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Rugby rules create more collisions but make sport more positive, says Ulster coach Peel

By Jonathan Bradley

When any member of a side's coaching team sits down to face the media for the first time during the week of a big game, it's a fair assumption he knows what will kick things off.

Just as Ireland's defence coach Andy Farrell will have suspected that yesterday he needed to be briefed on the respective troubles of Iain Henderson, James Ryan and Tadhg Furlong, the question of injuries is an almost inevitable starting point.

Unfortunately for Ulster, who yesterday charged Dwayne Peel with offering the latest update, it would now almost be quicker to say who is available rather than who isn't.

Winger Craig Gilroy, the side's top scorer this season with nine tries, is the latest to require time on the treatment table and his season has been indicative of Ulster's plight.

He started the season with a back problem, is now nursing a rib complaint and, for good measure, broke a cheekbone in between. There are a myriad of reasons for the province's failings this season, but injuries are certainly chief among them.

As well as four players required for Ireland duty, Ulster are missing a further quarter of their squad for Saturday's Guinness PRO14 clash with Scarlets in west Wales (7.35pm kick-off), many of them frontliners.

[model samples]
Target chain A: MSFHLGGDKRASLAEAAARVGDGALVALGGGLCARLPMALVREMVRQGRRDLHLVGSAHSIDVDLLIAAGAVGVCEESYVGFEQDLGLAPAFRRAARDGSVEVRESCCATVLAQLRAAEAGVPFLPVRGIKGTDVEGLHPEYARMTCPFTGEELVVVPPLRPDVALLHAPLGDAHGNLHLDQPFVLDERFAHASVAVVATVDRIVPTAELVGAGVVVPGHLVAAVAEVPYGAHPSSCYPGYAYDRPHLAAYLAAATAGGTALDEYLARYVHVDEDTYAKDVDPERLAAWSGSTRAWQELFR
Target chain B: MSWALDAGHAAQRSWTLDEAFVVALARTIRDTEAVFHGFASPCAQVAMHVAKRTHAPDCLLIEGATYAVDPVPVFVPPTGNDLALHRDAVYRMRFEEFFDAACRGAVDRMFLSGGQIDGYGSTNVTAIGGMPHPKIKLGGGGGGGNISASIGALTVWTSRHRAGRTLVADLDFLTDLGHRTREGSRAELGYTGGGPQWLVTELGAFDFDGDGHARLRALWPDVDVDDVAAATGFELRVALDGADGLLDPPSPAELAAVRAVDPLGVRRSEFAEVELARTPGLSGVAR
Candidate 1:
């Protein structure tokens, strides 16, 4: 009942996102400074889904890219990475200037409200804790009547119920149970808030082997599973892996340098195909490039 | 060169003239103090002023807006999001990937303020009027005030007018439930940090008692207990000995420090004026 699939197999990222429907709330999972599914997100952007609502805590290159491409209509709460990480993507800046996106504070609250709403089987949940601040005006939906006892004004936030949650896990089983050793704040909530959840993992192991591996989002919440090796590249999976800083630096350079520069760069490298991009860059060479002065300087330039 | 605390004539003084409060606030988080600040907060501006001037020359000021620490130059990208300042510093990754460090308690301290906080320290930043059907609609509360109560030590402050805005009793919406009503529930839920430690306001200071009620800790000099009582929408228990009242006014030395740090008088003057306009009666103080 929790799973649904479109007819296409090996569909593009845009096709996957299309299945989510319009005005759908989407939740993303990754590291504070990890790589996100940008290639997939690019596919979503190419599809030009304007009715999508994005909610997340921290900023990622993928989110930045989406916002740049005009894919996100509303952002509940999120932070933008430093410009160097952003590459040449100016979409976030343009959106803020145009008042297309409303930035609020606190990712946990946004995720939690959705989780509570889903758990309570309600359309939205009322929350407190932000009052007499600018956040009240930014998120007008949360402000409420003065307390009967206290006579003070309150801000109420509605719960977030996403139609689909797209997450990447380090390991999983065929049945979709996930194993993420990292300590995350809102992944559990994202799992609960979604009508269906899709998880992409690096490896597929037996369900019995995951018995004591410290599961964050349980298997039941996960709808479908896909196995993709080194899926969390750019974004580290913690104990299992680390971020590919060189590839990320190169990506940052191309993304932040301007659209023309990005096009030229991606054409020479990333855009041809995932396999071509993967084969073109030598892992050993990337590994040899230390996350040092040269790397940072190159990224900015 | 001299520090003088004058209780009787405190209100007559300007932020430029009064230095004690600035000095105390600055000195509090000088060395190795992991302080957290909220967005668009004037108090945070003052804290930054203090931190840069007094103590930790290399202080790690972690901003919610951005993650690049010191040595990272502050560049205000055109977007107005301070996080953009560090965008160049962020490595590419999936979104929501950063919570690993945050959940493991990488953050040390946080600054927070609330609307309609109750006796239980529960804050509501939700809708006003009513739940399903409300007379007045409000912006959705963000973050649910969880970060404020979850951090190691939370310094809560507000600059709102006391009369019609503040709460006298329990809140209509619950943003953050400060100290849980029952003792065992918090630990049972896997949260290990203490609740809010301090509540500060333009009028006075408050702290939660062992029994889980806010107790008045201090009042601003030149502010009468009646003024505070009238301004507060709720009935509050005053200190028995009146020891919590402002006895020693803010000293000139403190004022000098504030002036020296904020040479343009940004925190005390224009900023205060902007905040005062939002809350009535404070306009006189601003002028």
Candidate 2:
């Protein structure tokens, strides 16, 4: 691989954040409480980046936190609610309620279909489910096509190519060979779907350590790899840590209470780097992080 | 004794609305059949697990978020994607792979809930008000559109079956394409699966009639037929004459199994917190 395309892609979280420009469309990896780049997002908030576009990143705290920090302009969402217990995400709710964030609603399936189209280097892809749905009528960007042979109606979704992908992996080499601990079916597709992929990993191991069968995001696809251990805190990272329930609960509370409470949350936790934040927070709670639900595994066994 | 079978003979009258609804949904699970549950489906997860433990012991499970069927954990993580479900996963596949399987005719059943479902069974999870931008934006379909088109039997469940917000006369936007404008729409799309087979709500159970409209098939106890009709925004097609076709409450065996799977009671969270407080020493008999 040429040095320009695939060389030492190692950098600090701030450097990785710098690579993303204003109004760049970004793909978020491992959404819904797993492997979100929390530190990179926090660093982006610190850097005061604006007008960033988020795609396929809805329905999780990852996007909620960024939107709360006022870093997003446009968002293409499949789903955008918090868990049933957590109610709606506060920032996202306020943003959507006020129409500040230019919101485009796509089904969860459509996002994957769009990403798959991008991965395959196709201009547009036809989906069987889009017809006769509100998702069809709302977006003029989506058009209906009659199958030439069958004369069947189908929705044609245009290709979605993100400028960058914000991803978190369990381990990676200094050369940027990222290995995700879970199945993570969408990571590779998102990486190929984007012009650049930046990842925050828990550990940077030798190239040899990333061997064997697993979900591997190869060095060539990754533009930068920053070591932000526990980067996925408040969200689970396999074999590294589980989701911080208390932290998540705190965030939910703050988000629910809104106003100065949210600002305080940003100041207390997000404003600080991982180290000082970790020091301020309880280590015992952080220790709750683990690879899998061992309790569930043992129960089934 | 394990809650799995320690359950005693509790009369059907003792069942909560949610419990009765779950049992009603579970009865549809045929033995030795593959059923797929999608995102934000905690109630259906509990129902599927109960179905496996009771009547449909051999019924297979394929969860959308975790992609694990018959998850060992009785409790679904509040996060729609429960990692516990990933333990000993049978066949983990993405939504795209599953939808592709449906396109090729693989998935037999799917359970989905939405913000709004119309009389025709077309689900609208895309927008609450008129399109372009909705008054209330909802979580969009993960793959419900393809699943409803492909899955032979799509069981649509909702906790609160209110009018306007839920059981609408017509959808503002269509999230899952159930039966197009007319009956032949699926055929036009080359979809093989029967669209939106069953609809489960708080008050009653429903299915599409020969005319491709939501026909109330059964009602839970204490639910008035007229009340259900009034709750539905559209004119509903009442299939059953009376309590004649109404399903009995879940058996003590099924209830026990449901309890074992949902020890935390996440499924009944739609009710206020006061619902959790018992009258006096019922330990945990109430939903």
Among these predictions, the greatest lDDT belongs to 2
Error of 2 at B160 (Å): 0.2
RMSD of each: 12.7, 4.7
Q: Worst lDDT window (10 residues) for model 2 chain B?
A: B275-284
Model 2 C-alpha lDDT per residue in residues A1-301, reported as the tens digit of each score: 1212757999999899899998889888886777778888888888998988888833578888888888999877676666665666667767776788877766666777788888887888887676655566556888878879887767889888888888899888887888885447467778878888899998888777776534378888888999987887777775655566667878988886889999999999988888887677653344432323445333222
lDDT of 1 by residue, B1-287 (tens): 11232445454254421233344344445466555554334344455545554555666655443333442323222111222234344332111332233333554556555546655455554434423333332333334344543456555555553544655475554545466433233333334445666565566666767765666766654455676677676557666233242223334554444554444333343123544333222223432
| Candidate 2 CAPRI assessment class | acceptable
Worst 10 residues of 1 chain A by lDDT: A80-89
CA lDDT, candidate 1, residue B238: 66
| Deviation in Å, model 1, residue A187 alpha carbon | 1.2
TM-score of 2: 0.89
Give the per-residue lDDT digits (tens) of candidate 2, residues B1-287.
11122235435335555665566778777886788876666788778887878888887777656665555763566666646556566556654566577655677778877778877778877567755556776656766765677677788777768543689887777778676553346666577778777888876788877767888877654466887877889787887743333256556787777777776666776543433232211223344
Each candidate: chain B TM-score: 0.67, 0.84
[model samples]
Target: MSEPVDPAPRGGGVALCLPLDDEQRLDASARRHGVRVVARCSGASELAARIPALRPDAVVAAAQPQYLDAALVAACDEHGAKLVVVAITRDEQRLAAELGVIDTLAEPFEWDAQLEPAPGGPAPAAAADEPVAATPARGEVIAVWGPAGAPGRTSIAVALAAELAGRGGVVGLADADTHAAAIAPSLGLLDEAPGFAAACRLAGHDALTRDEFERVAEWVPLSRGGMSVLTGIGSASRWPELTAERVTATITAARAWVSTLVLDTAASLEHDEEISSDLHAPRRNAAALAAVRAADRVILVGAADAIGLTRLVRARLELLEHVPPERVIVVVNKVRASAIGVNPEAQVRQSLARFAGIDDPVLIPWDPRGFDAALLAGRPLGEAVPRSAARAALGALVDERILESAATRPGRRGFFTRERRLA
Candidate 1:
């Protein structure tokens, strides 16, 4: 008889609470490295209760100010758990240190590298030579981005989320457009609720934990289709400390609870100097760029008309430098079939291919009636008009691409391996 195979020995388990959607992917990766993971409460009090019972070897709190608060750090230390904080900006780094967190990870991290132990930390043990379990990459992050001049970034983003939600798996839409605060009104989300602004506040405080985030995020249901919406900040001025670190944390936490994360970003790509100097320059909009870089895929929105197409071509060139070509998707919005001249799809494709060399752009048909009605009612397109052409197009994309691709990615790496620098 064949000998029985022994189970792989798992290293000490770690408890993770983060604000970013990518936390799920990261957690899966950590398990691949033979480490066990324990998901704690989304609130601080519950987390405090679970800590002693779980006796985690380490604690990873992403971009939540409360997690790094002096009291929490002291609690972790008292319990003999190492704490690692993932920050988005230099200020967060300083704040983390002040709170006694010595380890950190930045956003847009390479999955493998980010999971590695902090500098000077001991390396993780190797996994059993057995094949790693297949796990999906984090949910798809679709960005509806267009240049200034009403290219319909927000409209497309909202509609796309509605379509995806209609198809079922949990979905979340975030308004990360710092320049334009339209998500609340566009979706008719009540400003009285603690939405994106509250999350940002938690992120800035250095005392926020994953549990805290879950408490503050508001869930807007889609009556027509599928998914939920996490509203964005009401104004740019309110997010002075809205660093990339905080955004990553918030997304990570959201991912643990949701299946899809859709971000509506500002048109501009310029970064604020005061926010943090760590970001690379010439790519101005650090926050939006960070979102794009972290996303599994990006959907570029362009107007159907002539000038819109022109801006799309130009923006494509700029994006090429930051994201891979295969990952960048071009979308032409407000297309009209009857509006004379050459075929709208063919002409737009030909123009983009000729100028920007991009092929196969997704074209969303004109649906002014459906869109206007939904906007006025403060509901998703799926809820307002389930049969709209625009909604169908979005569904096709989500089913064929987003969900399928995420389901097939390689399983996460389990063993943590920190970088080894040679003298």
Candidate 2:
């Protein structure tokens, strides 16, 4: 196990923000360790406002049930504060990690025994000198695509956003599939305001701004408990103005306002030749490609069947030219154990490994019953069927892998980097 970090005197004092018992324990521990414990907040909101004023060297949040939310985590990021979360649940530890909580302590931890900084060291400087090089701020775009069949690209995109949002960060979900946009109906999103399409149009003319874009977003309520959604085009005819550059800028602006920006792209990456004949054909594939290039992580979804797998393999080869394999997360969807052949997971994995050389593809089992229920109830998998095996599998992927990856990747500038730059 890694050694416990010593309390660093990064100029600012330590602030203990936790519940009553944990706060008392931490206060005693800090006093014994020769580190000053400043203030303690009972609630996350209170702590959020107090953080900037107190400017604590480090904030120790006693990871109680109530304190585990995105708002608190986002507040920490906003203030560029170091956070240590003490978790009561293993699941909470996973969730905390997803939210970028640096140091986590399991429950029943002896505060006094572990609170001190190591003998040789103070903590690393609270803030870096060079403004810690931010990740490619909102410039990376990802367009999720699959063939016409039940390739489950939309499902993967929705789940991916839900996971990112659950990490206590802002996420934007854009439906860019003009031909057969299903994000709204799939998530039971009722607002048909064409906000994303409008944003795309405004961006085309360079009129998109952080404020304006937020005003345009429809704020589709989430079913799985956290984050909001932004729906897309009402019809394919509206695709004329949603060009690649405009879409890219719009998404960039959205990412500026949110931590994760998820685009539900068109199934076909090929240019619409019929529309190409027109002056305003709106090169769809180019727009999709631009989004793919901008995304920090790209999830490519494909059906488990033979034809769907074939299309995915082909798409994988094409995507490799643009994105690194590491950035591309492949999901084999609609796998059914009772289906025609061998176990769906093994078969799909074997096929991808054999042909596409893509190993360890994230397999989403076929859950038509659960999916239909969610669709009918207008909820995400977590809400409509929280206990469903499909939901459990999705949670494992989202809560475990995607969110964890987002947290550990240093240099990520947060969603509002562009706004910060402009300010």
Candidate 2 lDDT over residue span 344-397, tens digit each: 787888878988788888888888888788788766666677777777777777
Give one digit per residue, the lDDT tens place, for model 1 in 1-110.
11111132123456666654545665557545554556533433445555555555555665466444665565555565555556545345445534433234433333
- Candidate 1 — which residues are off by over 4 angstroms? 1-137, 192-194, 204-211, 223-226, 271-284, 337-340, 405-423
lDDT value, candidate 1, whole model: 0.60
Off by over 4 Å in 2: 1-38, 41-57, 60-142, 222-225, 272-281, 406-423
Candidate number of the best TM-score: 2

Indeed, an argument can be made that the side will have as few as three players starting this weekend who would make the first XV if every member of the squad were available.

While Scarlets will offer little sympathy this weekend - they have 13 in Wales' squad for the Six Nations and John Barclay away with Scotland - there is certainly a feeling that Ulster are again facing into a crucial run with only a skeleton side.

With the likes of Marcell Coetzee, Jared Payne and Charles Piutau among the absentees, those on the sidelines are key men - and, not for the first time, injuries are threatening to derail the season.

While the squad's depth was rarely tested in years like the 2012 run to the Heineken Cup final, since then it has seemed the narrative surrounding this time of year has been one dominated by talk of who isn't, rather than who is, on the field.

Do the province suffer more than most?

"It comes in swings," affirmed Peel. "Sometimes a club will get lots of injuries and other times they're quite lucky.

"The basic facts of it are that people playing are much fitter and bigger now, more explosive too.

"You look at the elements of training we do now, it's all about being explosive, bigger and more powerful.

"That's going to take its toll, collisions are bigger when people are fitter, and the way the rules are at the minute it's creating an open game so there's less work on the breakdown, work on the floor, so there's more collisions in the game in general.

"The more collisions you get the more likely you are to get injuries.

"It's difficult as you know. We have four in the Ireland camp, five now, and we have got a lot of injuries, so it is a challenge for a lot of the squads at the minute."

On the point of the current laws leading to more collisions, Peel does not however feel that any change is required in order to reduce the big impacts.

"It's good for the attack," he said. "The game has evolved and if you look at the game in general at the minute there's more tries being scored and the ball's in play a lot longer.

"I think it's good the way it is. They're always trying to make the game more positive and that's the way to go.

"If you change something to slow the game down then it becomes more of a kicking game and tactical game, but I think it's good to express talent and throw the ball around."

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